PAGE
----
Despite this volatility, I am pleased to confirm that the Scottish Government has once again delivered a balanced budget with a provisional fiscal outturn for 2023-24 of £49.3 billion against a total fiscal budget of £49.6 billion.

The remaining budget of £292 million, which represents just 0.6% of our total budget will be carried forward in full through the Scotland Reserve if confirmed at final outturn. This incorporates £162 million of fiscal resource, £130 million of capital and a break-even position in financial transactions.

I must stress, there is no loss of spending power to the Scottish Government as a result of this small underspend. £109 million of the capital underspend was anticipated at the Spring Budget Revision and of the resource position, around £100 million is required annually to manage post year-end audit adjustments, with the remainder to be utilised to support the 2024-25 budget. The First Minister highlighted, as part of setting out his priorities for Scotland to Parliament in May, the enormous financial pressure facing the Scottish Government.

 As has been said before, we are required to manage our spend against an annual budget which is not confirmed until the final quarter of the financial year. We cannot overspend. Therefore, our financial strategy is to plan a modest underspend to mitigate the risk of post year-end audit adjustments, as have occurred in previous years. Managing the position to a 0.6% underspend, underlines the financial competence of this government.

I know colleagues across the chamber follow these matters closely, and that, for the most part, they have a robust understanding of the intricacies of accounting standards. I am sure, therefore, that I don’t need to remind them that an element of our budget allocation from HM Treasury is non-cash, which is used for accounting adjustments, predominantly depreciation. To reiterate previous references to this ring-fenced budget, it cannot be used to support day-today spending, nor does it flow to the Scotland Reserve and is therefore not included in our headline provisional outturn results. For 2023-24 this shows an underspend of £1.1 billion against a budget of £2.5 billion. A large proportion, circa £0.9 billion of this budget, relates to non-cash consequentials for student loan impairments which are simply not required at the same level in Scotland because of our policy of free university tuition.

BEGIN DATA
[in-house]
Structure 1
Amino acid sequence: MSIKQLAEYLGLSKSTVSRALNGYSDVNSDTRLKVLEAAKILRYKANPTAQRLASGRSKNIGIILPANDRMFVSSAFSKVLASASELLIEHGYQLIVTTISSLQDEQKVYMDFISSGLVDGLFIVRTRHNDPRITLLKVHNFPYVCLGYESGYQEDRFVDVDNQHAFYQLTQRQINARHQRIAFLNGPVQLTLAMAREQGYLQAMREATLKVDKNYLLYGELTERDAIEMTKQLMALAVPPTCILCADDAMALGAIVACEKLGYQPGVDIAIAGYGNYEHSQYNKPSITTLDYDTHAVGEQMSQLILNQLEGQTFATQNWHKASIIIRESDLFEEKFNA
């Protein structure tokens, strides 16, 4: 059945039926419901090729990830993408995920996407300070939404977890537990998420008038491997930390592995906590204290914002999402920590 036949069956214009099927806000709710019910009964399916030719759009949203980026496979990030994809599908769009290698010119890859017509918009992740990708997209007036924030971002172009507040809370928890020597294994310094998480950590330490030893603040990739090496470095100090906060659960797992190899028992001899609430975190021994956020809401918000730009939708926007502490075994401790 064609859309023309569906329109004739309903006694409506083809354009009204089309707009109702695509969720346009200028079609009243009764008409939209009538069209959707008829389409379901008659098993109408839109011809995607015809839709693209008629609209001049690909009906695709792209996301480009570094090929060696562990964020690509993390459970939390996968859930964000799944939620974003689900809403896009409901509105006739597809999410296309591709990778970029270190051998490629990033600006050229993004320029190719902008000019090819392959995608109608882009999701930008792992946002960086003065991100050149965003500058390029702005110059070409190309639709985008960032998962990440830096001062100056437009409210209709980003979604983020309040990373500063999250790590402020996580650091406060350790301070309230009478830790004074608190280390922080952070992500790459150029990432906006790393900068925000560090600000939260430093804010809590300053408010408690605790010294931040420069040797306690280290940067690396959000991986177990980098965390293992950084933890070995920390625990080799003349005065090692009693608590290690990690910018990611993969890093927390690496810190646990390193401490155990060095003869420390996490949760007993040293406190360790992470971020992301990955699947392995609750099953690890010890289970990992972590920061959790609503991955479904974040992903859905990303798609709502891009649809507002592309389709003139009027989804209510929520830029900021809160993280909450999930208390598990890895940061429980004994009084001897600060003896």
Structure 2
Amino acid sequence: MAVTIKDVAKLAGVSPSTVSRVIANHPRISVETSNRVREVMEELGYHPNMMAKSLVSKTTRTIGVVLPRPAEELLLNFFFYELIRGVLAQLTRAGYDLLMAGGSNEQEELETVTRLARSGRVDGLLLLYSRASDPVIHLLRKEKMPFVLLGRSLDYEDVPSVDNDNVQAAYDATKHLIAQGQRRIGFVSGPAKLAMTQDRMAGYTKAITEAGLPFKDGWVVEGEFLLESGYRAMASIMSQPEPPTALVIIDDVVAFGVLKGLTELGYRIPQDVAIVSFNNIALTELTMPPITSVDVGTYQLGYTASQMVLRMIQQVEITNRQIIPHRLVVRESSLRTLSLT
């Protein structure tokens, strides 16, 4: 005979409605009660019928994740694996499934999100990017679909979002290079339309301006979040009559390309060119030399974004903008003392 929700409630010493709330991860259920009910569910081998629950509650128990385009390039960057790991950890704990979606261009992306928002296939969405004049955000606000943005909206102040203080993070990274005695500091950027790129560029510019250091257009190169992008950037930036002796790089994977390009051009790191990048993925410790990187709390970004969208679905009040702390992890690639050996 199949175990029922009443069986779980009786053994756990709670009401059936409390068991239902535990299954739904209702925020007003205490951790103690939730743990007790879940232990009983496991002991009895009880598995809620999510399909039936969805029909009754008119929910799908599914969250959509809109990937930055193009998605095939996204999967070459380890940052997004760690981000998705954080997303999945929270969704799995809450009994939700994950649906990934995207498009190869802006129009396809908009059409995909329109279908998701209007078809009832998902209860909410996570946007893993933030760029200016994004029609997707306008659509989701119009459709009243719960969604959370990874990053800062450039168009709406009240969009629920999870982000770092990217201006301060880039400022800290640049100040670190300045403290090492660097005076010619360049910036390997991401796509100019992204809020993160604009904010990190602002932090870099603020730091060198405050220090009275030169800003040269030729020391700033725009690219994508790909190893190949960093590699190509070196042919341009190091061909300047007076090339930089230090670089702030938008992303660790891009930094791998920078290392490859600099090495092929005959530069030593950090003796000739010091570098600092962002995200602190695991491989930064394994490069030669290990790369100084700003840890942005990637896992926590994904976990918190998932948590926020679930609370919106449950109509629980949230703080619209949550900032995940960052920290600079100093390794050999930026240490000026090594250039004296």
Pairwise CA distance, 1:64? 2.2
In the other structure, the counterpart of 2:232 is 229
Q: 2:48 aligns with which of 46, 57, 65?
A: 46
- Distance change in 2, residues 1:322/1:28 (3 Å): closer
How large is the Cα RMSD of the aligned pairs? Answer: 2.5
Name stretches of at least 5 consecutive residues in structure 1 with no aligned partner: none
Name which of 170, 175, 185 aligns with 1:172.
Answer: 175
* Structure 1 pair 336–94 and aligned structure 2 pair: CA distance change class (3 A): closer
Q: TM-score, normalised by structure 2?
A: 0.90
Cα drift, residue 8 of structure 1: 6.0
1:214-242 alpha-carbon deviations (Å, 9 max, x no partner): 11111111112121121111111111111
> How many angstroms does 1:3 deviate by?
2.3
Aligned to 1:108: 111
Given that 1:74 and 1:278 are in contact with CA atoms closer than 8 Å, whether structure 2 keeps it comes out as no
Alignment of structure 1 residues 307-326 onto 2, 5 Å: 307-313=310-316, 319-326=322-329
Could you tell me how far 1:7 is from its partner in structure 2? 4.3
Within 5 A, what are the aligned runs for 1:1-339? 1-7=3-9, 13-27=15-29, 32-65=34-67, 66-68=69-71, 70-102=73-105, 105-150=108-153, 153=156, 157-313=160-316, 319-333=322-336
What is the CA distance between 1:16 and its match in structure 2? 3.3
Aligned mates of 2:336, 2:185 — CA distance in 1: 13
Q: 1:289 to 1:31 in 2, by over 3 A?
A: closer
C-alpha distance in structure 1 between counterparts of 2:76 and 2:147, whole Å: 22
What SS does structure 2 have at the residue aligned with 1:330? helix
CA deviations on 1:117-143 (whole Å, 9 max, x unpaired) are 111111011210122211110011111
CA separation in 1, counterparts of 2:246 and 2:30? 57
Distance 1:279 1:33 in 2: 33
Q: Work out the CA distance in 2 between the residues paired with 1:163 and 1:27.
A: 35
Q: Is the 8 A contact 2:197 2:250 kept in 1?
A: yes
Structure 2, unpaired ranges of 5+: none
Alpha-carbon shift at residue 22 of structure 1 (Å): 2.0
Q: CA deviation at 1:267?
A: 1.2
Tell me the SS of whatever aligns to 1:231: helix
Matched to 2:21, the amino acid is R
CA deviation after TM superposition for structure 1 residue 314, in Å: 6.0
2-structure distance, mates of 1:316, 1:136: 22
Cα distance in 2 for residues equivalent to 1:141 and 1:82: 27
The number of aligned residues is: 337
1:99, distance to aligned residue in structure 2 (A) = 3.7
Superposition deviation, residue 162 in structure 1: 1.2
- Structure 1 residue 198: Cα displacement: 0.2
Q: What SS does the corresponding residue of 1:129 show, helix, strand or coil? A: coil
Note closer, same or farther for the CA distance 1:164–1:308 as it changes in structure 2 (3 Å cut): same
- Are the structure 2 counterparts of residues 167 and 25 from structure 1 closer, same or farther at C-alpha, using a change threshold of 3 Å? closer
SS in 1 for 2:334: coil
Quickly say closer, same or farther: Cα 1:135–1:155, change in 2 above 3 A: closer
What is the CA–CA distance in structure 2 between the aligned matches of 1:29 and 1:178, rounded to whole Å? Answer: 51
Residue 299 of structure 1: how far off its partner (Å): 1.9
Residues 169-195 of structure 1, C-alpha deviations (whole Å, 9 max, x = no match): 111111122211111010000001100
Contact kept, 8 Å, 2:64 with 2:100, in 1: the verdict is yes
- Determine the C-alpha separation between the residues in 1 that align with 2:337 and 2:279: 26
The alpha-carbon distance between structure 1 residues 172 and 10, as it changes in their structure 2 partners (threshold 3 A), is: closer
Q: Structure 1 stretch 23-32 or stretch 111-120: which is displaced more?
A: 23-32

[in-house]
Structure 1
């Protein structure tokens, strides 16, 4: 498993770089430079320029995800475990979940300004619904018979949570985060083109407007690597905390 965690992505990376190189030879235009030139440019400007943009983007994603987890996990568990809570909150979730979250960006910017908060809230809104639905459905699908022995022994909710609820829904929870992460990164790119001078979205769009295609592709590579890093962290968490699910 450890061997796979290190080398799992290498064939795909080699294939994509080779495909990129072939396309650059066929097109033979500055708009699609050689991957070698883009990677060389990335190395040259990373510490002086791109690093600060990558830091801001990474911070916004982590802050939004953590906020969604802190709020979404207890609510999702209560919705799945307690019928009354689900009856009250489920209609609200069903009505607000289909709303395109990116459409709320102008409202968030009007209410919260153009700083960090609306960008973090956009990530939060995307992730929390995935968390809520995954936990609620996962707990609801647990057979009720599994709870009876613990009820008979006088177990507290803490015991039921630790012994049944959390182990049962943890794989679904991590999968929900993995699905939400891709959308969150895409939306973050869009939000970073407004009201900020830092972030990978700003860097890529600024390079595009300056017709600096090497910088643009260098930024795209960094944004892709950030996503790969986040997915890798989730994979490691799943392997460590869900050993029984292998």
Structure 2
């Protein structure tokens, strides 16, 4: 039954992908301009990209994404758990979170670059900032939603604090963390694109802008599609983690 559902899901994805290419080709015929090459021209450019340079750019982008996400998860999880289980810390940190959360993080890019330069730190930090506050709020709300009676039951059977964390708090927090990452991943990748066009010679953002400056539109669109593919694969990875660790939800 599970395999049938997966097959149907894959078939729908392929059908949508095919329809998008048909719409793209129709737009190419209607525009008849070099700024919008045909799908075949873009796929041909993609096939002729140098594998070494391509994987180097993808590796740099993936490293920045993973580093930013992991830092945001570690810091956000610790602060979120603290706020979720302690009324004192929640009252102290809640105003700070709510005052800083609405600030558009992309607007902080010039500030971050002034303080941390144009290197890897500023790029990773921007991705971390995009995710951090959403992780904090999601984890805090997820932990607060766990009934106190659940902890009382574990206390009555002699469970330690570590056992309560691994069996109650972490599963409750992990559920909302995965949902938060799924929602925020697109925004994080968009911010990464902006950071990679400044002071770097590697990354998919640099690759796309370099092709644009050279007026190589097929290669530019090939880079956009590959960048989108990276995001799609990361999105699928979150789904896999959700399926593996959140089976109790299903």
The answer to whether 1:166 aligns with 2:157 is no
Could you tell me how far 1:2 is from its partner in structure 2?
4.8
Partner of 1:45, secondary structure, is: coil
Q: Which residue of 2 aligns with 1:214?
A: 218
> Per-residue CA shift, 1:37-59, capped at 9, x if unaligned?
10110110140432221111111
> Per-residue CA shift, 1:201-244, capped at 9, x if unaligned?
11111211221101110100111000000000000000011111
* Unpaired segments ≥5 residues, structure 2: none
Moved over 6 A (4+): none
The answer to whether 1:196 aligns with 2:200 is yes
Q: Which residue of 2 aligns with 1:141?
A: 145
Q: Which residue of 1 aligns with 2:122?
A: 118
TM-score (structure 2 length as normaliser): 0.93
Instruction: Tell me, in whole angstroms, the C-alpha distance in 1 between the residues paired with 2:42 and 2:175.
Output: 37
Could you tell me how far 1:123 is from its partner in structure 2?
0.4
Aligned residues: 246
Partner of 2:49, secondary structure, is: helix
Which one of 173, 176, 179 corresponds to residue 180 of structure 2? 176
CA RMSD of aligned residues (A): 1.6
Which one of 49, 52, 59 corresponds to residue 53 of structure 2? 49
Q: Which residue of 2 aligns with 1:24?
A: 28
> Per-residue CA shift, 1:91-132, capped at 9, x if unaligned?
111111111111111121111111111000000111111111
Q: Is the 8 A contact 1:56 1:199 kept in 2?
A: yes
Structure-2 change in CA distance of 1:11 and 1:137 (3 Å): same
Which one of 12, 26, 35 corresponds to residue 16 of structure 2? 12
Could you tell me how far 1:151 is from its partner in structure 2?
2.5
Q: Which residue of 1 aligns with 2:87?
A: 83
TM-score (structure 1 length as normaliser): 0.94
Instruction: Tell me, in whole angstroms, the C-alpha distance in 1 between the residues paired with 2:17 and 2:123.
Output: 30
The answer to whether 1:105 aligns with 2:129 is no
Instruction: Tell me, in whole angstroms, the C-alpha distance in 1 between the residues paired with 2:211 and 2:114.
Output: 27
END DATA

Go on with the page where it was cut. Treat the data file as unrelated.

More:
Finally, I want to emphasise that the figures I am reporting to you today remain provisional as they are subject to change pending completion of 2023-24 year-end audits. Finalised figures will be reported as usual in the annual Scottish Government Consolidated Accounts and a Statement of Total Outturn later this financial year.

I commend today’s figures to Parliament.